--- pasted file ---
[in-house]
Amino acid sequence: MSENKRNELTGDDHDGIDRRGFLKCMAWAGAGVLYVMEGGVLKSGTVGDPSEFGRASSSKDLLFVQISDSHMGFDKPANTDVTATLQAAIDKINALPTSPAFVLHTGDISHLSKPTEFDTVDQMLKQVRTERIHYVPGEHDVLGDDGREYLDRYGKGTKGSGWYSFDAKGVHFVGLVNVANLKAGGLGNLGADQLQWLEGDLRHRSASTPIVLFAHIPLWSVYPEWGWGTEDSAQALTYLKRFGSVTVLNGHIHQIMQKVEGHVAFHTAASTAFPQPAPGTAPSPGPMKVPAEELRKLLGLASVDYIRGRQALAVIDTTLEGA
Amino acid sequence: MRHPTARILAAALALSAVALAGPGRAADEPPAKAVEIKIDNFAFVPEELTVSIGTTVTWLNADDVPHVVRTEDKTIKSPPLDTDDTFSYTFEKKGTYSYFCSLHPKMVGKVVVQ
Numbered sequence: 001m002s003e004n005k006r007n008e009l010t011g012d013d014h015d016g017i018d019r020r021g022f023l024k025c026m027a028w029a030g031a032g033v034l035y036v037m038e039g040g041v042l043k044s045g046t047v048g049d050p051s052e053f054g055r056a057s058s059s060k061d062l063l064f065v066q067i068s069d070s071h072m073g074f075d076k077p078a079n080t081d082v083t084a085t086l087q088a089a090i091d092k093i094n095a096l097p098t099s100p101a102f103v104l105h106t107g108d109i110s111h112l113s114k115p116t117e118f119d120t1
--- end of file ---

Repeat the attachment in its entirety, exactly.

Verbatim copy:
[in-house]
Amino acid sequence: MSENKRNELTGDDHDGIDRRGFLKCMAWAGAGVLYVMEGGVLKSGTVGDPSEFGRASSSKDLLFVQISDSHMGFDKPANTDVTATLQAAIDKINALPTSPAFVLHTGDISHLSKPTEFDTVDQMLKQVRTERIHYVPGEHDVLGDDGREYLDRYGKGTKGSGWYSFDAKGVHFVGLVNVANLKAGGLGNLGADQLQWLEGDLRHRSASTPIVLFAHIPLWSVYPEWGWGTEDSAQALTYLKRFGSVTVLNGHIHQIMQKVEGHVAFHTAASTAFPQPAPGTAPSPGPMKVPAEELRKLLGLASVDYIRGRQALAVIDTTLEGA
Amino acid sequence: MRHPTARILAAALALSAVALAGPGRAADEPPAKAVEIKIDNFAFVPEELTVSIGTTVTWLNADDVPHVVRTEDKTIKSPPLDTDDTFSYTFEKKGTYSYFCSLHPKMVGKVVVQ
Numbered sequence: 001m002s003e004n005k006r007n008e009l010t011g012d013d014h015d016g017i018d019r020r021g022f023l024k025c026m027a028w029a030g031a032g033v034l035y036v037m038e039g040g041v042l043k044s045g046t047v048g049d050p051s052e053f054g055r056a057s058s059s060k061d062l063l064f065v066q067i068s069d070s071h072m073g074f075d076k077p078a079n080t081d082v083t084a085t086l087q088a089a090i091d092k093i094n095a096l097p098t099s100p101a102f103v104l105h106t107g108d109i110s111h112l113s114k115p116t117e118f119d120t1